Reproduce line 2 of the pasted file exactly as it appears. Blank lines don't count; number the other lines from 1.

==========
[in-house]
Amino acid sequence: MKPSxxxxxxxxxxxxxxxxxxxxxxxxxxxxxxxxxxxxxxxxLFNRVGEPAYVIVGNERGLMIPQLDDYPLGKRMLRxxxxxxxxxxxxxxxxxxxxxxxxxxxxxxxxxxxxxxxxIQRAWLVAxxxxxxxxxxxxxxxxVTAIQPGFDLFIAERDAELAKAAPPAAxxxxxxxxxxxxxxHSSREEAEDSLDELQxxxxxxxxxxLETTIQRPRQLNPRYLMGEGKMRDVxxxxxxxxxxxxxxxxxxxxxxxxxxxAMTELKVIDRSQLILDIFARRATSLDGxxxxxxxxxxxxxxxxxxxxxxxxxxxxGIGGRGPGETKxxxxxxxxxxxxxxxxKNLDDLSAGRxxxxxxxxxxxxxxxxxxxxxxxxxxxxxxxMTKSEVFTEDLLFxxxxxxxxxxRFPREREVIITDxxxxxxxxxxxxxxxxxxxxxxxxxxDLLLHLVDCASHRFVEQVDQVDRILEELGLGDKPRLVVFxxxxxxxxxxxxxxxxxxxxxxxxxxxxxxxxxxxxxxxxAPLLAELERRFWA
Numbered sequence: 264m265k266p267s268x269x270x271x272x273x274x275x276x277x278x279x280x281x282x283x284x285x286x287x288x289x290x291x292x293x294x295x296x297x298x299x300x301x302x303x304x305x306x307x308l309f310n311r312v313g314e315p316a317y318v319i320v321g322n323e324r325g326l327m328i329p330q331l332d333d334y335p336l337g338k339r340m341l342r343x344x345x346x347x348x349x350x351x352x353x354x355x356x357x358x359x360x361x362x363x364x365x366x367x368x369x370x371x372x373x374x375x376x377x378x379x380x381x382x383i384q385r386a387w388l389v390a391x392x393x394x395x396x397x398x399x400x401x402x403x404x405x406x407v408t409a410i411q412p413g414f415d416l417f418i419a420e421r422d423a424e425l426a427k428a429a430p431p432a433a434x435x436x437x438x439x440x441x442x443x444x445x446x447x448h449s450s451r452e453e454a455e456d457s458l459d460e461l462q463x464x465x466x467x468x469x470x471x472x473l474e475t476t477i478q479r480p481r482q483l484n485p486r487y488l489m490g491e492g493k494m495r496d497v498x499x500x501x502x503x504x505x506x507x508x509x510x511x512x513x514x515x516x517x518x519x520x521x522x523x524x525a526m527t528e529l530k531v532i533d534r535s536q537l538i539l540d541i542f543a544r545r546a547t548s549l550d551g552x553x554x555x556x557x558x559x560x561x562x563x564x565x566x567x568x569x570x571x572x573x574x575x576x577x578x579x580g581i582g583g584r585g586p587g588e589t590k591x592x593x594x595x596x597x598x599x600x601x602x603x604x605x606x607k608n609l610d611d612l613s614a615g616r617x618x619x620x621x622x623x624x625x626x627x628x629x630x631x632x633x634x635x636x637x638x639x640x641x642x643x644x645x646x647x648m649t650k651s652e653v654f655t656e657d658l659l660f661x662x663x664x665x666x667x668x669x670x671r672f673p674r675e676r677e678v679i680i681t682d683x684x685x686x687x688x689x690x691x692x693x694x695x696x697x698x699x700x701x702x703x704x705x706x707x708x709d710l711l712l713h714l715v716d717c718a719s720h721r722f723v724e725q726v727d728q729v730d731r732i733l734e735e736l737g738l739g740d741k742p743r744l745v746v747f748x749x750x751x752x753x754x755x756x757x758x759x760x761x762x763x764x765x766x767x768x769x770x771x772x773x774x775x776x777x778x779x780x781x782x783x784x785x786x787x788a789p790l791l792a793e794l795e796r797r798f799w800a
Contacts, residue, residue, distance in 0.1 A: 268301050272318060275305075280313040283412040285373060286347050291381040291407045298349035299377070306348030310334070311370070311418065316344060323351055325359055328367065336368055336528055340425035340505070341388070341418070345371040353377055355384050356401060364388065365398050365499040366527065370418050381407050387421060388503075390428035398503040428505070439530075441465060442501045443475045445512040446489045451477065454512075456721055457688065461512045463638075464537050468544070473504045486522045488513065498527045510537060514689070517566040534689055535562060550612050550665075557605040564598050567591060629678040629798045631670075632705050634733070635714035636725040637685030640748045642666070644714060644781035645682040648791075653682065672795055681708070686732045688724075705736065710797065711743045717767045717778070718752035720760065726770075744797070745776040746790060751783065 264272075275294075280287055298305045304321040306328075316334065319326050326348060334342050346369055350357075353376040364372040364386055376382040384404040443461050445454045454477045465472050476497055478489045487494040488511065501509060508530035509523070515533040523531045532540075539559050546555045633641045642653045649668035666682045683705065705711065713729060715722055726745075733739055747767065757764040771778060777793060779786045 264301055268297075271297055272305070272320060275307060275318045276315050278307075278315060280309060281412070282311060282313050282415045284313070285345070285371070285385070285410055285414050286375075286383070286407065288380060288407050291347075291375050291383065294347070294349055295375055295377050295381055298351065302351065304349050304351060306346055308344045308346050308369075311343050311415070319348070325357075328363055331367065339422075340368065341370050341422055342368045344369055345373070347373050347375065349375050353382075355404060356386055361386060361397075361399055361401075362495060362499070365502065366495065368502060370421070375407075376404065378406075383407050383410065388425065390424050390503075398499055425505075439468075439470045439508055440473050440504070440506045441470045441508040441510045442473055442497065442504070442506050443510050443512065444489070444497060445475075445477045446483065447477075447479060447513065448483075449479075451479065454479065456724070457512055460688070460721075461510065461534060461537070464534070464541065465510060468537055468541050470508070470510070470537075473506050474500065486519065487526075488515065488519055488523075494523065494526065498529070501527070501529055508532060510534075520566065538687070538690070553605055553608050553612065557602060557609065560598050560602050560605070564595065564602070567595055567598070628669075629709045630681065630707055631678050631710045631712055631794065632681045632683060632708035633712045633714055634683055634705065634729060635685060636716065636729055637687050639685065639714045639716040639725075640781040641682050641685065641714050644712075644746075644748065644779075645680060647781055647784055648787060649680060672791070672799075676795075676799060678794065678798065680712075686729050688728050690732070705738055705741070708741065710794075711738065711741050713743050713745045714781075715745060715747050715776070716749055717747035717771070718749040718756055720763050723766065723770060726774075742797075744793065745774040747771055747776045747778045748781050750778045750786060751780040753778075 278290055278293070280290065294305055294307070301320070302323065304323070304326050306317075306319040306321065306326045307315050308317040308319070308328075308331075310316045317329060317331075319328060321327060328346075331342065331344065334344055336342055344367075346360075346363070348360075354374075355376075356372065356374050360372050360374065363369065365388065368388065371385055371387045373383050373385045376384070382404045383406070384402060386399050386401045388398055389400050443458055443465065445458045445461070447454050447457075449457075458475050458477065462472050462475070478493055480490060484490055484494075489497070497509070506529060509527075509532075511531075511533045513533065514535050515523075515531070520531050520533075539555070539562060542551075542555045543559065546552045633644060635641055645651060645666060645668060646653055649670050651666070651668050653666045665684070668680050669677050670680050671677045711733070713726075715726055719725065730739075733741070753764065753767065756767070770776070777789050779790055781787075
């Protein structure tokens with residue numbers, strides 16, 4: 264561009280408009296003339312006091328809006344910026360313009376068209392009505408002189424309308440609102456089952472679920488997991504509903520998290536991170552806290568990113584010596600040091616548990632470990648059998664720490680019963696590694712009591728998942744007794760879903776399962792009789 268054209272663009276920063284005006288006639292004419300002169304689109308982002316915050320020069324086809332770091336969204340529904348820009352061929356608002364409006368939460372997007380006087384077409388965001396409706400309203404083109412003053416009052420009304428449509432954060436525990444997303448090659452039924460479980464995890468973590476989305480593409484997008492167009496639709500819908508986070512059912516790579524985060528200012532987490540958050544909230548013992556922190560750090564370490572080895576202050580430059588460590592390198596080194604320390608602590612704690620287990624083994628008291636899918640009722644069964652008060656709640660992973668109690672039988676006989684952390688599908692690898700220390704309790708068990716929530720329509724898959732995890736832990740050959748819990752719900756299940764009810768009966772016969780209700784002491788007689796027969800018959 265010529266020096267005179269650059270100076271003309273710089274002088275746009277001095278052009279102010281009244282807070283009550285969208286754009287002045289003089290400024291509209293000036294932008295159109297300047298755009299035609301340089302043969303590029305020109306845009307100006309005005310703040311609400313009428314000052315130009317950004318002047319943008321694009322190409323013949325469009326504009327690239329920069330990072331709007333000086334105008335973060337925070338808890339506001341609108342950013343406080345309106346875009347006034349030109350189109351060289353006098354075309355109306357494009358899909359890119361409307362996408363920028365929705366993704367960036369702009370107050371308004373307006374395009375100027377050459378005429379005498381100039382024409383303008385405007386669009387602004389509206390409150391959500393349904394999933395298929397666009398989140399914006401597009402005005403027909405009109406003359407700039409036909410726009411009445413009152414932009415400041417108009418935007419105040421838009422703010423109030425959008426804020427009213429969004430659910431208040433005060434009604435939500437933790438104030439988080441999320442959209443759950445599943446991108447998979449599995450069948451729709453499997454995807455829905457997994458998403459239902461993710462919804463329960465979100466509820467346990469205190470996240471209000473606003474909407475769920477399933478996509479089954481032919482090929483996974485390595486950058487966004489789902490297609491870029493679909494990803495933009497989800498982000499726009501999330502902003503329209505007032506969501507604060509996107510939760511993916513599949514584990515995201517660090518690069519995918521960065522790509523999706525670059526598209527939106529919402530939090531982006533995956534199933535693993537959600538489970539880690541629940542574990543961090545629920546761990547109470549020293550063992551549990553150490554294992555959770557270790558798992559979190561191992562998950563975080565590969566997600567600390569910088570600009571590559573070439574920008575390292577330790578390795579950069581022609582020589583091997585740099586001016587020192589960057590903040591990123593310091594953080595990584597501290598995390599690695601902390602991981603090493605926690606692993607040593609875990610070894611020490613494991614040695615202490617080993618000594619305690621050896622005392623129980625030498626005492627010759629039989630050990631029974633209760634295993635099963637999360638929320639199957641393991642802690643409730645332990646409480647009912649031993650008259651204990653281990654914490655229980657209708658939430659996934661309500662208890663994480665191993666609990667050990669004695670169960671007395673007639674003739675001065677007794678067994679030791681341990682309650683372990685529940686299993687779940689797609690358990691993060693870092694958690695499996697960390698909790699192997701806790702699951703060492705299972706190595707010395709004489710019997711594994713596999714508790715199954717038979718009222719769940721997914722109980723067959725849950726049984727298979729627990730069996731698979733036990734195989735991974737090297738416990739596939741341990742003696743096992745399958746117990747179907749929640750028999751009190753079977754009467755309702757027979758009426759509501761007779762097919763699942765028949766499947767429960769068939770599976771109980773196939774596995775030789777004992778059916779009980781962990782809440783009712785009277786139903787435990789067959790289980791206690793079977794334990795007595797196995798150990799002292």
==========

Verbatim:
Amino acid sequence: MKPSxxxxxxxxxxxxxxxxxxxxxxxxxxxxxxxxxxxxxxxxLFNRVGEPAYVIVGNERGLMIPQLDDYPLGKRMLRxxxxxxxxxxxxxxxxxxxxxxxxxxxxxxxxxxxxxxxxIQRAWLVAxxxxxxxxxxxxxxxxVTAIQPGFDLFIAERDAELAKAAPPAAxxxxxxxxxxxxxxHSSREEAEDSLDELQxxxxxxxxxxLETTIQRPRQLNPRYLMGEGKMRDVxxxxxxxxxxxxxxxxxxxxxxxxxxxAMTELKVIDRSQLILDIFARRATSLDGxxxxxxxxxxxxxxxxxxxxxxxxxxxxGIGGRGPGETKxxxxxxxxxxxxxxxxKNLDDLSAGRxxxxxxxxxxxxxxxxxxxxxxxxxxxxxxxMTKSEVFTEDLLFxxxxxxxxxxRFPREREVIITDxxxxxxxxxxxxxxxxxxxxxxxxxxDLLLHLVDCASHRFVEQVDQVDRILEELGLGDKPRLVVFxxxxxxxxxxxxxxxxxxxxxxxxxxxxxxxxxxxxxxxxAPLLAELERRFWA